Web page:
Wednesday, January 6, 2016

The MRI Scan Experience

*Not my brain -- borrowed from www.mstrust.org.uk

Yesterday, I had my MRI scan to rule out a pituitary adenoma. I had never experienced an MRI scan before so this was a brand new experience. I thought I would make a post to document what the experience was like. 

When I made the appointment, the MRI office mailed me a packet of paperwork to complete. Due to the strong magnetic field used to create the images, I had to verify that I had no wire implants, mesh, or other metal pieces that would potentially dislodge or otherwise be affected by the strong magnetic field. I do have a metal wire bonded to my bottom teeth (permanent retainer from when I had braces) but called in advance to make sure the bonded wire would not present a problem. I was also instructed to not wear any clothing with metal zippers, buckles or fibers. I opted for a dress (no zipper).

Once I arrived, the tech informed me the scan would be performed both with and without contrast. My doctor who ordered the test told me it was just without contrast so this was a bit of a surprise. I was then situated on the MRI table. My head was placed in a sort of metal bowl. A cage was then placed over my head to immobilize my head for the scan. Two pads were added to either side of my face to hold my head in the same position throughout the scan. While I couldn't move my head, the cage had large holes so I could still see.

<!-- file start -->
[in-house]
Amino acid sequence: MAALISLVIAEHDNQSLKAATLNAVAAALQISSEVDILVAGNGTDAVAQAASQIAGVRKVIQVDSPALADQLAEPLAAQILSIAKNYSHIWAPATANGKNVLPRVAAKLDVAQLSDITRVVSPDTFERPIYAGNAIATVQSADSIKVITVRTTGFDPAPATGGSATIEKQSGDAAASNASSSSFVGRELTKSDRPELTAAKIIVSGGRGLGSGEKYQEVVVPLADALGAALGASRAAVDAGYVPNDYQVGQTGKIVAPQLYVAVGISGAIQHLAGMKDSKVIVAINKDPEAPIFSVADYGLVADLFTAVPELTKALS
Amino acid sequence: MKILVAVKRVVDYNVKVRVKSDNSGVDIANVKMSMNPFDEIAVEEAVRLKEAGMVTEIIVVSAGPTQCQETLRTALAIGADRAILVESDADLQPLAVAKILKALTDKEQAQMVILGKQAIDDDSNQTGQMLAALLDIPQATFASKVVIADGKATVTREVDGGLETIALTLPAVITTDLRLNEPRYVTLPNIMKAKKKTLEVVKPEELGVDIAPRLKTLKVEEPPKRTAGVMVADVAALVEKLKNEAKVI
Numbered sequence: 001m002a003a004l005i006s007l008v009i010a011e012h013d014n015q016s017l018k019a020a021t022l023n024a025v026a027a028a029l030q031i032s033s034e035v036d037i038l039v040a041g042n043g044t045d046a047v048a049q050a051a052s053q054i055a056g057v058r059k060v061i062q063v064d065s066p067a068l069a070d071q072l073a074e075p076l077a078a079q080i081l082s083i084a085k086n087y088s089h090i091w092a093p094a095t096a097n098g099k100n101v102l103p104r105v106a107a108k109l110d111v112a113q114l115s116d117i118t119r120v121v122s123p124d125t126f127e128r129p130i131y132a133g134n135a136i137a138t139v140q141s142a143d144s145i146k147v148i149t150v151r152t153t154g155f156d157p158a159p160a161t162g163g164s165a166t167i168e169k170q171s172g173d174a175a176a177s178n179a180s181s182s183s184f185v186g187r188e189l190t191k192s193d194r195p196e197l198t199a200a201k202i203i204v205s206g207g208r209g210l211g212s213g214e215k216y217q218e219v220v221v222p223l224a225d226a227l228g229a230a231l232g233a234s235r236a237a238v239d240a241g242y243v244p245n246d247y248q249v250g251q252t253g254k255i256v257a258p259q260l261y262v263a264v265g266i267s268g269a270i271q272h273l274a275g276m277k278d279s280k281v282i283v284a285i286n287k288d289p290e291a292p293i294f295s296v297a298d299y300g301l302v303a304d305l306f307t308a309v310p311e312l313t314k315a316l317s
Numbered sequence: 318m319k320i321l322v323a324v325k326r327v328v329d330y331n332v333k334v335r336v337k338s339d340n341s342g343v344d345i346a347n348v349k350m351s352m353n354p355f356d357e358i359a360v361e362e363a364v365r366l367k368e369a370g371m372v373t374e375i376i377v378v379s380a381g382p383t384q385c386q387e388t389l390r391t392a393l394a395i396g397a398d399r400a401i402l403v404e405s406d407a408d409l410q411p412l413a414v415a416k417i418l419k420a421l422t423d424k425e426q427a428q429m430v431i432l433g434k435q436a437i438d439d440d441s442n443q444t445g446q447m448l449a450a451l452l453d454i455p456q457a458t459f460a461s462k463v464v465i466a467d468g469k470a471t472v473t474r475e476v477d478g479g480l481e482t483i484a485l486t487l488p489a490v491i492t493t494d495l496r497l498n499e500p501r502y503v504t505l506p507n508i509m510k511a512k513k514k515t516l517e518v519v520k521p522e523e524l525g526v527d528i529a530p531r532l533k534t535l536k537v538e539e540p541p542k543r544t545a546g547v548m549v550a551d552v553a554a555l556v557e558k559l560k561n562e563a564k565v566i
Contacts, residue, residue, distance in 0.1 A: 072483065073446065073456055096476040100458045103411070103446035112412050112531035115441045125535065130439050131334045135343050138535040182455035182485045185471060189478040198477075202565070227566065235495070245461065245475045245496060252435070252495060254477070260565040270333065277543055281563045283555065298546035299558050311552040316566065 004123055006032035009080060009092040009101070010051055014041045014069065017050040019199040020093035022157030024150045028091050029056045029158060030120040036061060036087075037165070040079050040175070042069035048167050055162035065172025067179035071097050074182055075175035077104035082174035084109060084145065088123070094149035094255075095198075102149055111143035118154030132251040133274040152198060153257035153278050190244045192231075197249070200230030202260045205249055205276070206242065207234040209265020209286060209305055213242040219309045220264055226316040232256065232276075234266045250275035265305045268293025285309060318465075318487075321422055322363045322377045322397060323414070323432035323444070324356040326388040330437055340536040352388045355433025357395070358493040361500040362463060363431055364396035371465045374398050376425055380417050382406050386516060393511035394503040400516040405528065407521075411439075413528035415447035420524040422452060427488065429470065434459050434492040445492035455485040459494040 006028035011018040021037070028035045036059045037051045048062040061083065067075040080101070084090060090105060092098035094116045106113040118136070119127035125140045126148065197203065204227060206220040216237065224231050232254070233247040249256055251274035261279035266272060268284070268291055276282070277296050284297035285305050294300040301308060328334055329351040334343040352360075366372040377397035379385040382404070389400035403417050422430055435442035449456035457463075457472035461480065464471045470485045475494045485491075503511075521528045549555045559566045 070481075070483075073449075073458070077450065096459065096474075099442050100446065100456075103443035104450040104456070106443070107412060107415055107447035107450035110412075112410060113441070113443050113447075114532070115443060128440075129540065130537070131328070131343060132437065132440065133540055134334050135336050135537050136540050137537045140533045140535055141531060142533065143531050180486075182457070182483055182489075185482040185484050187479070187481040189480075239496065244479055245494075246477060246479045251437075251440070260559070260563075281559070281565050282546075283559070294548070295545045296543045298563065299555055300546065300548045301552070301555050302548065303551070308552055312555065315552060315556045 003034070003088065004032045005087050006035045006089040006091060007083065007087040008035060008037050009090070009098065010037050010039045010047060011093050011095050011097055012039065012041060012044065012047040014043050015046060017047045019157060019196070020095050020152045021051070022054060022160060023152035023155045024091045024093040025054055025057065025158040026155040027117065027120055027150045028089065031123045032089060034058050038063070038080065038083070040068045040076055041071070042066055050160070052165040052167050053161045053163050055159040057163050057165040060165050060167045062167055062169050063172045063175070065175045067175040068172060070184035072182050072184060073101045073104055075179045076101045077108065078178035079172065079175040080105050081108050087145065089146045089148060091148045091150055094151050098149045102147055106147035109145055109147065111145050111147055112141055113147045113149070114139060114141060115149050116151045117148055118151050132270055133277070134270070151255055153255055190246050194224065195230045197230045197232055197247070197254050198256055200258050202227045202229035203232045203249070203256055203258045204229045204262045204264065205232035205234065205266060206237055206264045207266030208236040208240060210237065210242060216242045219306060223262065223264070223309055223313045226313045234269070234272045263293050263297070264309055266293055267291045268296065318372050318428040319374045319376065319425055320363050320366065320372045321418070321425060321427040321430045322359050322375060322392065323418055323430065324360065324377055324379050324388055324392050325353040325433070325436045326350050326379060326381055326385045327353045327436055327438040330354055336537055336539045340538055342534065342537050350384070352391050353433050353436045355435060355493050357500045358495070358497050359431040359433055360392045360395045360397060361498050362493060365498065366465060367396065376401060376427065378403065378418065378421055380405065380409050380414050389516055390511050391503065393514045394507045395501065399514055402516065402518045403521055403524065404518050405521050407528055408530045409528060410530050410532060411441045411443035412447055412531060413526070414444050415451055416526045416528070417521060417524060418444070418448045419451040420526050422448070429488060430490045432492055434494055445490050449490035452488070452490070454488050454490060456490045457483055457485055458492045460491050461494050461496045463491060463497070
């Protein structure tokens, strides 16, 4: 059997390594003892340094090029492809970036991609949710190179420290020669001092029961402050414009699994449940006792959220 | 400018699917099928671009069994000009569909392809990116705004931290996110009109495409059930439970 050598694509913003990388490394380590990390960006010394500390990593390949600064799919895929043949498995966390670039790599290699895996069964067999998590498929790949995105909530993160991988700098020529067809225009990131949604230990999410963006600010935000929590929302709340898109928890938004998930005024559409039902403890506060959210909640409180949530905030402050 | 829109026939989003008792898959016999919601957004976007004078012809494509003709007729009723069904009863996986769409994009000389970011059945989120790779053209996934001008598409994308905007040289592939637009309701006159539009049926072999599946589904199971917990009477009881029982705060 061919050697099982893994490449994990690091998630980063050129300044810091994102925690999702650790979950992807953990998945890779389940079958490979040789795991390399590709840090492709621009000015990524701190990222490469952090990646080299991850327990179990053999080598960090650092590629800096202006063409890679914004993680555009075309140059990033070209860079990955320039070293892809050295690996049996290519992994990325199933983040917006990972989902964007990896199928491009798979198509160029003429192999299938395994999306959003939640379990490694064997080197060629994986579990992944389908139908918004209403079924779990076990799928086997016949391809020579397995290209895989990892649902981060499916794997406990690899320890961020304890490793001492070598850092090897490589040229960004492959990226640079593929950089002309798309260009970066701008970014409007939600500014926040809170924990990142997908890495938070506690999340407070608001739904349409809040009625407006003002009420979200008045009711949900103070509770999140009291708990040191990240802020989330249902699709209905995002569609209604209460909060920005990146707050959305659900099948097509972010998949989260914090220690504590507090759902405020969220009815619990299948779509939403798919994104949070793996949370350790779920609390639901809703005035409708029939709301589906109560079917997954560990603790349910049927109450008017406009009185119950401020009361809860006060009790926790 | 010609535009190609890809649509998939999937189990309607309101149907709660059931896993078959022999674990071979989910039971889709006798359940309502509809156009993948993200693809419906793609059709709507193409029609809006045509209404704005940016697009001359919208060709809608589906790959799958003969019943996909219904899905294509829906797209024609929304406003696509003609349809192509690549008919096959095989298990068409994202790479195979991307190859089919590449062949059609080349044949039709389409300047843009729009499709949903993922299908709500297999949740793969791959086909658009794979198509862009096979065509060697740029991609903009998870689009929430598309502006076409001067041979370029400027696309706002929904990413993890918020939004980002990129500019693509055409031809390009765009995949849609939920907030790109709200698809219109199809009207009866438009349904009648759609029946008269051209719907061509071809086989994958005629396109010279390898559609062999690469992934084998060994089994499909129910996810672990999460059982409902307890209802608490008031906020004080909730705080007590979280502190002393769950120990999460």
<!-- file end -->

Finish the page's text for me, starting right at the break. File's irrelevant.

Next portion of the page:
The scan took about 90 minutes in total. The first 60 minutes were without contrast. The MRI machine is very loud with buzzing, clanging and chirping sounds and the tech forgot to turn on the music in the room for the first 30 minutes. Without the music, time seemed to drag by while I focused on trying not to move. Then the nurse came in to insert an IV with the contrast solution. After the contrast, I had a bit of vertigo -- try lying completely still while feeling dizzy! Luckily the dizziness subsided fairly quickly.

I was provided with a CD copy of my images to take to the reproductive endocrinologist. I'll update in a few days after my doctor's appointment to share what we learned from the MRI.


1 comment:

  1. Thank you for documenting your MRI experience and sharing it with others. Getting an MRI can be stressful and sometimes scary. Often, the procedure is necessary and can provide good insights into what might be causing your medical problems. I bet having music playing really did help to pass the time instead of having to listen to a noisy machine!

    ReplyDelete